I can't wait to share this book with my 5th graders next year. 

    Book Information:
    • Fiction
    • 240 pages
    • Grades 3-7
    • Lexile 670L
    • GR Level U
     Maybe a Fox
    by Kathi Appelt and Alizon McGhee

    Maybe a Fox is the story of Jules and Sylvie, sisters by birth and best friends by choice.  They are wildly different, but inseparable until the tragic day that Sylvie runs to the river and disappears.   Jules can't understand why Sylvie always had to run so fast and struggles to cope with the loss of her sister and best friend. At the same time of Sylvie's death, a fox is born.  A fox with a destiny so intertwined with Jules that maybe she's more than a fox.

    I think I actually ran out of tears reading this one.  I was crying...ugly crying, and yet I couldn't put it down. This is a beautifully written story about loss, love, and family. It's hard to imagine this book was written by two authors, because it reads so seamlessly. I loved the back and forth perspective of the fox (Sienna) and Jules throughout the book. Written with so much emotion, heart, and love this is one of those books that power punches you in the gut (in a good way) and stays with you well after you finish the last page. 


    Book Information:
    • Fiction
    • 272 pages
    • Grades 4-8
    • Lexile 740L
    • GR Level U
    The Best Man
    by Richard Peck

    In The Best Man, Archer has been lucky enough to have three incredible role models in his life: his father, his uncle, and his grandfather.  Then in the fifth grade, Archer's class gets a student teacher. Mr. McLeod quickly becomes Archer's fourth role model and everyone's favorite teacher. But on the last day of school, one of Archer's classmates is bullied by some 6th graders. To everyone's surprise Mr. McLeod handles the anti-gay bullying situation and ends up outing himself in the process. Although this comes as a surprise to Archer (who is notoriously oblivious throughout the novel) it's not the only surprise that Archer has coming his way in this modern coming of age story about change, acceptance, family, diversity, and most of all LOVE.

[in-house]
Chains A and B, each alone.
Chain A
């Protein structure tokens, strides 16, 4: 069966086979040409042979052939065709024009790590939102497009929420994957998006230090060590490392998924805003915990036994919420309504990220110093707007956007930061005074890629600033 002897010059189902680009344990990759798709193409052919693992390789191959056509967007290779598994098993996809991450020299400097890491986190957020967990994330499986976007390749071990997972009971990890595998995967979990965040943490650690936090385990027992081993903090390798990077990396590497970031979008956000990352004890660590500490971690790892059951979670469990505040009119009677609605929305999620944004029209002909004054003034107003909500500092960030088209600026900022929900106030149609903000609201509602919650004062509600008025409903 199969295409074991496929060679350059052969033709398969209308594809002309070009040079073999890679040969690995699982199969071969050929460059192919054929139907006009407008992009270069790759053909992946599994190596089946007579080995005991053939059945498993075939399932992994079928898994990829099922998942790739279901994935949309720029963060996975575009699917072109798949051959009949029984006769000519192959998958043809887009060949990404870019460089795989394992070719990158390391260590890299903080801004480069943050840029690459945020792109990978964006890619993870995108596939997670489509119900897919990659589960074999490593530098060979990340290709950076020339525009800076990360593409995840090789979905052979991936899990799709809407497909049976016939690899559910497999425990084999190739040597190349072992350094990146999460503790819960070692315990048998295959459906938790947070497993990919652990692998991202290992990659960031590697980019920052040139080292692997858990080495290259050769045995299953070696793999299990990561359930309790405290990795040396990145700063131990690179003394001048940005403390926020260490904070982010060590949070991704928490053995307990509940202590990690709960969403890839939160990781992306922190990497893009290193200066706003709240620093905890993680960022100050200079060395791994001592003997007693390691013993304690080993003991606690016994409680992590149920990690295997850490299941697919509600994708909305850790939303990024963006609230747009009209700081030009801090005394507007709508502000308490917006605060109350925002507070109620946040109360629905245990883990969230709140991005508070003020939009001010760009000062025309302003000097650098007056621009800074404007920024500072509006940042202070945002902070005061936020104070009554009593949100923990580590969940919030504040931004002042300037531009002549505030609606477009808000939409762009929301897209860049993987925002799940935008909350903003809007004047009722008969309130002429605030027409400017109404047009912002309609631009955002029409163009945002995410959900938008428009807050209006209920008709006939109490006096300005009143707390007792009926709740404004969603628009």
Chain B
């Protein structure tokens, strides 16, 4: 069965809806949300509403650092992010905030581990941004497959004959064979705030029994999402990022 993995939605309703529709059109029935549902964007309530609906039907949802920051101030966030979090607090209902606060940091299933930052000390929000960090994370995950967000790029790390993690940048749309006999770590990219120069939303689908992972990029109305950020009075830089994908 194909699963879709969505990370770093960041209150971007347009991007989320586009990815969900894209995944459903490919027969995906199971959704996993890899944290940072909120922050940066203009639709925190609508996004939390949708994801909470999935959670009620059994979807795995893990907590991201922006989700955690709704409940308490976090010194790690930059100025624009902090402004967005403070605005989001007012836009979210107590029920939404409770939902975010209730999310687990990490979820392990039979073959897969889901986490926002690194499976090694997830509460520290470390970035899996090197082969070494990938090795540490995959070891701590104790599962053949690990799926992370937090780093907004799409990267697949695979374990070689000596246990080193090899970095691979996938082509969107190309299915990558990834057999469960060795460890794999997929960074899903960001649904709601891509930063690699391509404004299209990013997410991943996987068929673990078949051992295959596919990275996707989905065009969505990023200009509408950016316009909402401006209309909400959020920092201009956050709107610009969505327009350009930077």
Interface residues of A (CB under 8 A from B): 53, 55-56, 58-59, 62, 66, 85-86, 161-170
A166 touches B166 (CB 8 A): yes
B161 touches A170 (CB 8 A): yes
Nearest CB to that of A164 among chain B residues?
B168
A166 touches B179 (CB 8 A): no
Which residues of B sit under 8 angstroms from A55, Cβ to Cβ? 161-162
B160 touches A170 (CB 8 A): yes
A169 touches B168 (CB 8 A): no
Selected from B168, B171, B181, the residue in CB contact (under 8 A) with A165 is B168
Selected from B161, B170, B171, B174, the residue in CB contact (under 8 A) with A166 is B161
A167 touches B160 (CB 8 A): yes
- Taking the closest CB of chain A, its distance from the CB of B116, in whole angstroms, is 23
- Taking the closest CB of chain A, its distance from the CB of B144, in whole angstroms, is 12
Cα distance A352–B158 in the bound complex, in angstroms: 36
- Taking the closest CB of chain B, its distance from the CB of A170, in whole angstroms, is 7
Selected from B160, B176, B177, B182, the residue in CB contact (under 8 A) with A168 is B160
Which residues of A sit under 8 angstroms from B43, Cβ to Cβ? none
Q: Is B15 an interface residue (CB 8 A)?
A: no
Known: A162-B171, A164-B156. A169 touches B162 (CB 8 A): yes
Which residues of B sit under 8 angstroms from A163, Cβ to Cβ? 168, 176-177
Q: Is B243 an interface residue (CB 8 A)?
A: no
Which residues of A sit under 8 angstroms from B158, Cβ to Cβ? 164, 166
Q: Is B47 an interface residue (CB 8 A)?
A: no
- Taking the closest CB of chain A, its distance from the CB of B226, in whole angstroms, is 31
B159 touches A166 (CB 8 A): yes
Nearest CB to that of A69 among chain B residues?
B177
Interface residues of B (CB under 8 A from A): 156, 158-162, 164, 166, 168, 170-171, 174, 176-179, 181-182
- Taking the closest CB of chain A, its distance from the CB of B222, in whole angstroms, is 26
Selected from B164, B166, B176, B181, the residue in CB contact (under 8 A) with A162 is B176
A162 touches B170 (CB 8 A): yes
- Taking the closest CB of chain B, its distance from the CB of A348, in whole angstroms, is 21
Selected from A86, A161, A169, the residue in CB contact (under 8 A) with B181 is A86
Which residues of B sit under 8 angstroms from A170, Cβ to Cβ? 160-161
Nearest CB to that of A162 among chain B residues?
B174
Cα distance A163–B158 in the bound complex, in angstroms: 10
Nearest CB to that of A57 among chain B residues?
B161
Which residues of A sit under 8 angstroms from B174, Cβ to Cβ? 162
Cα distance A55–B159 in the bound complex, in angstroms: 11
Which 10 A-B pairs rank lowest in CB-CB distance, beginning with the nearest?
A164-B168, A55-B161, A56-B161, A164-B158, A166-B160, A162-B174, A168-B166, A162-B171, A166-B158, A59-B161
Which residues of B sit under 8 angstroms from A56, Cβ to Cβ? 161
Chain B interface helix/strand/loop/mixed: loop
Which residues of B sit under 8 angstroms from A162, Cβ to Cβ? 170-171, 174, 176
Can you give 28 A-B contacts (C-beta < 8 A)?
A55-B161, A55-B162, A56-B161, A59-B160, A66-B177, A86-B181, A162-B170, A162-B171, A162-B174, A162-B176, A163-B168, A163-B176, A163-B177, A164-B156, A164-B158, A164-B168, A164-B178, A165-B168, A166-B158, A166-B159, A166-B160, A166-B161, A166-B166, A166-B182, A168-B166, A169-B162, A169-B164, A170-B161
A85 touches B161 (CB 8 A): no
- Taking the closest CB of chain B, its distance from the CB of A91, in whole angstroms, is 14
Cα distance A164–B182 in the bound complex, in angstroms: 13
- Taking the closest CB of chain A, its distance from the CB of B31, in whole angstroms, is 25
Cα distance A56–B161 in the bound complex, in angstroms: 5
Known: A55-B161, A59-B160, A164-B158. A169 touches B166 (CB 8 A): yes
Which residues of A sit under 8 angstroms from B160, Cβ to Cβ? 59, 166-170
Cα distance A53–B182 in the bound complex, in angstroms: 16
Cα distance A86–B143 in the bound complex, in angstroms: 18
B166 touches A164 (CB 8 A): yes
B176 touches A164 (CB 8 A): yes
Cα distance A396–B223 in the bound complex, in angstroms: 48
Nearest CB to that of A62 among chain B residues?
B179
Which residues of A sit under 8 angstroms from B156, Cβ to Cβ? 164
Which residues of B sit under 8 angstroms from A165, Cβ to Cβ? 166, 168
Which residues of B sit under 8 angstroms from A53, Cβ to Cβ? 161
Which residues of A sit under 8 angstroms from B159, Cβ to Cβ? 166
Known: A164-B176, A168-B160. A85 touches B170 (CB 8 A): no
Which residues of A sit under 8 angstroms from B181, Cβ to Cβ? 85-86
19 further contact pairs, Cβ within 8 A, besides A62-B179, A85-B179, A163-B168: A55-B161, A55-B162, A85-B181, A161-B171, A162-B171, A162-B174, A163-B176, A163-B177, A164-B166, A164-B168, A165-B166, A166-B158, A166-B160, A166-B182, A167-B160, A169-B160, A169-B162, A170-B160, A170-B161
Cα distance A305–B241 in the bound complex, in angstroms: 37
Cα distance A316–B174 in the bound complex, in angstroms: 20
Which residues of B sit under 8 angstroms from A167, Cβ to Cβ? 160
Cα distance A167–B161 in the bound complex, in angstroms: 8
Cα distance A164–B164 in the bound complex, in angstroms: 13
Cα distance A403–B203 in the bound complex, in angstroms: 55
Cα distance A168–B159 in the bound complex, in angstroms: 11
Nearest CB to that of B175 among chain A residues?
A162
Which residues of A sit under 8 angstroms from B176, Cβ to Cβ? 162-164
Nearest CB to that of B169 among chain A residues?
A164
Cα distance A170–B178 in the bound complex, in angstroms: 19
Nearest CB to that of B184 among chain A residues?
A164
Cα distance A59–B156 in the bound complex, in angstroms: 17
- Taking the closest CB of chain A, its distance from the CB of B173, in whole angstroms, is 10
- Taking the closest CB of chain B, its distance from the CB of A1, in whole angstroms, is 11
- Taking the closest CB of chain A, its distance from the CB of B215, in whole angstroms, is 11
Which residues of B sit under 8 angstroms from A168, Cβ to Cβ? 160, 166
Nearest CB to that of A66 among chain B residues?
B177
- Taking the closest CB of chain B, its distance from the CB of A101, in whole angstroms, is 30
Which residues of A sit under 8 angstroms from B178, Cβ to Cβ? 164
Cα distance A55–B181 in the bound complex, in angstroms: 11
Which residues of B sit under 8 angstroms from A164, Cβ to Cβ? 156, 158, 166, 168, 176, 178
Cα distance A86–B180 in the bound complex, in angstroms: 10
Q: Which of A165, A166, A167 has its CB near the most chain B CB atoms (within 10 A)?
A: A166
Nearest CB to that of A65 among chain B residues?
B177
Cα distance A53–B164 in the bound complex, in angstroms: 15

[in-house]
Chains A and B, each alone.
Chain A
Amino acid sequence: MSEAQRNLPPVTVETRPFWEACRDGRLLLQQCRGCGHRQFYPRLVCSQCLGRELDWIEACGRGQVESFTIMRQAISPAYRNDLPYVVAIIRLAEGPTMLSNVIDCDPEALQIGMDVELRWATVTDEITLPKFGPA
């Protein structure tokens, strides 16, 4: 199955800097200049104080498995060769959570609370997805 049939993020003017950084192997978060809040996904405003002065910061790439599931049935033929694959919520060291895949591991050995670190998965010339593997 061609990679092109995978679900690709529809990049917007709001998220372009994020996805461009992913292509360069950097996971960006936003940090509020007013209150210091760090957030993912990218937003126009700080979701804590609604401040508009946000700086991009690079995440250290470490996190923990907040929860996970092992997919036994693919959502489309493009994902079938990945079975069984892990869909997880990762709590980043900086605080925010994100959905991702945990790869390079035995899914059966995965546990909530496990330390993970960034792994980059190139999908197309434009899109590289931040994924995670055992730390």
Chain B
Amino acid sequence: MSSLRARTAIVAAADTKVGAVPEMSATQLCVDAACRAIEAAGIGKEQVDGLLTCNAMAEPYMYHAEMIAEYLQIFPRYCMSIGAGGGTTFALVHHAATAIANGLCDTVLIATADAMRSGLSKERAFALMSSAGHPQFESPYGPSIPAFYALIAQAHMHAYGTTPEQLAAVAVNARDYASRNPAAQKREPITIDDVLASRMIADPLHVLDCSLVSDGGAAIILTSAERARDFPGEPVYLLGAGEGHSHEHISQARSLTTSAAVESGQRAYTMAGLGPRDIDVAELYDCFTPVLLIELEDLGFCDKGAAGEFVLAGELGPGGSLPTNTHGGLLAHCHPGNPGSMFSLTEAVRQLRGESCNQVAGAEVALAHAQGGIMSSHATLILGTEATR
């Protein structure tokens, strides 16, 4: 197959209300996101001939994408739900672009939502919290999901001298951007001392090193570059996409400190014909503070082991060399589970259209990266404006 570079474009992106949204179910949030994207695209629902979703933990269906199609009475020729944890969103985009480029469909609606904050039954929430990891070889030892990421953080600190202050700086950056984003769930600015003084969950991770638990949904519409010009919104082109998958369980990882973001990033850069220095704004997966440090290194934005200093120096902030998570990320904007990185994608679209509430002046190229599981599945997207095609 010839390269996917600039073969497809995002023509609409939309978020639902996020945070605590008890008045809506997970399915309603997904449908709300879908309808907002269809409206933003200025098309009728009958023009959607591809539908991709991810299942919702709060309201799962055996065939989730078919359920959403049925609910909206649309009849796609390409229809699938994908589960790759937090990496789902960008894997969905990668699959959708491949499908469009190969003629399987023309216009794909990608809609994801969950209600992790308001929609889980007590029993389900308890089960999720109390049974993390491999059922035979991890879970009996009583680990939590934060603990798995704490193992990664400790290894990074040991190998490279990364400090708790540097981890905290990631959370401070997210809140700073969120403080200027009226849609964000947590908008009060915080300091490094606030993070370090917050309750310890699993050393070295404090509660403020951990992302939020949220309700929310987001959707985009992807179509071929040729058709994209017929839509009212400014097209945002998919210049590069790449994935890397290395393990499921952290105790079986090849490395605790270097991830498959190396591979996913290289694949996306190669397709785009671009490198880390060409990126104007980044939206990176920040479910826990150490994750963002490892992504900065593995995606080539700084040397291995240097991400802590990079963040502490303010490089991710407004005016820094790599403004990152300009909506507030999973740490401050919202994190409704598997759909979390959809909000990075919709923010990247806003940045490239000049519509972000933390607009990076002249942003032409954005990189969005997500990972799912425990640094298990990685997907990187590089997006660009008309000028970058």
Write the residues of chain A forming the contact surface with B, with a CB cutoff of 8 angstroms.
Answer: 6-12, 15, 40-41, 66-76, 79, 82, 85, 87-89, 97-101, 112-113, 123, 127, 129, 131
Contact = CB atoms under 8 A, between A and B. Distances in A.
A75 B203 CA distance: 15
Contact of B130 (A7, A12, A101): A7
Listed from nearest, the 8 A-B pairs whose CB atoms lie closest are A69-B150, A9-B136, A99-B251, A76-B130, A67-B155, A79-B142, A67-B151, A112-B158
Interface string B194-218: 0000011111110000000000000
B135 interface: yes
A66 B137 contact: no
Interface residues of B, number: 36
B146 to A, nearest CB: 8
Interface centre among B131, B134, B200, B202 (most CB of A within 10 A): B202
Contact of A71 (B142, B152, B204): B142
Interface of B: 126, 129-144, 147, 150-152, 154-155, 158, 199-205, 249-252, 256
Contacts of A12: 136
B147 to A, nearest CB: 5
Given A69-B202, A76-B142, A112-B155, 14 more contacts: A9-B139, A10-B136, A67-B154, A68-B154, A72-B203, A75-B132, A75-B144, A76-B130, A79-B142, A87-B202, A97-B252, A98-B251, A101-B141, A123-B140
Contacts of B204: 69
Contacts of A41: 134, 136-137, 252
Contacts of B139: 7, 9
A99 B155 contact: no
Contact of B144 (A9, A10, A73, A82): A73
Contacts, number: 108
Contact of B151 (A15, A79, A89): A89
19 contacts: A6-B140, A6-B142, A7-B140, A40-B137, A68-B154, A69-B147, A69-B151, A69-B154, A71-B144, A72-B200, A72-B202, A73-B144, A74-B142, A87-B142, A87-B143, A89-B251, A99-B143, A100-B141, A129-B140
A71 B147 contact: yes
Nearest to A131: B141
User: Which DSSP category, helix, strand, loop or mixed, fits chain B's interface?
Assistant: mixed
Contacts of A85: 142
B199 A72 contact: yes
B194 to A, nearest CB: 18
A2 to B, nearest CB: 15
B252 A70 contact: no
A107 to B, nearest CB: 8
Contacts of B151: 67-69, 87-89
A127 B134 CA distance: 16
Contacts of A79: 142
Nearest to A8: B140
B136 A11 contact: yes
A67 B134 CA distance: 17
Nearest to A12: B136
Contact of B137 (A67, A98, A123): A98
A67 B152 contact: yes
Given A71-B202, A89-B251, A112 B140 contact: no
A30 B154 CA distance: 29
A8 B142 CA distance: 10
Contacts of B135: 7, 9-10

Richard Peck is amazing. His books always have the most memorable, charismatic, likeable characters and Archer is no exception. I enjoyed his voice, humor, and perspective throughout the novel. The prominence of social media throughout the book was impressive, particularly from an author who is 83 and often writes historical fiction.  It is true-blue realistic fiction of today.  But my very favorite part of The Best Man was that it did not talk down to kids in anyway. It was direct and honest and tackled issues with empathy and perspective. 

    I really really enjoyed this book. It was masterful blend of all the emotional moments that make up life.  However, I do not recommend watching the book trailer for this one. I wish I hadn't because I felt like it gave too much away.  Read the book. It's better. I promise.

    Book Information:
    • Realistic Fiction
    • 240 pages
    • Grades 5-8

    And that's a wrap for this week. Middle grade novels ruled. 
    Next week ...graphic novels

    What have you been reading lately?


    Want to join the fun?? 
    Please link up and share one or two or three books you've read.
    Link Up "Rules" are very simple.
    - You can link up ANYTIME during the week, not just Friday.
    -  You can include picture books, chapter books, graphic novels, etc.
    - Children's and Young Adult Literature are all fair game
    - Please link up with a picture of one of the books you are sharing
    - Please don't forget to grab the Fiction Friday button and link back to Classroom Hoopla
    Happy Reading!


    Student-Led Absent Work Form


    Efficient, easy to use classroom forms bring me joy! Pure teacher joy!  

    This summer I wanted to share some of my favorite classroom forms that I use ALL THE TIME. Anything I can do to make my classroom run smoothly is a priority and anything that gives students ownership of our classroom routines and procedures is a huge win. 

    Today's favorite form does both of those things.

    We all have absent students, right? Of course we do. This form is your standard missing work form, with one teeny-tiny difference.  It is designed for a student to complete for another student. This is one of the MOST IMPORTANT leadership roles in my classroom.  

    Each day, if someone is absent, my most organized, detail-oriented, natural born teacher helpers (you know the ones) are assigned one student to complete this form for. Throughout the day, they keep track of our learning objectives and assignments. At the end of the day, everything gets paper-clipped together and left on the absent student's desk waiting for their return. When that child returns, I direct all questions about missing work to my detailed-oriented natural born teacher helper first, then jump in as needed.  They clarify questions from the attached work and get the student caught up.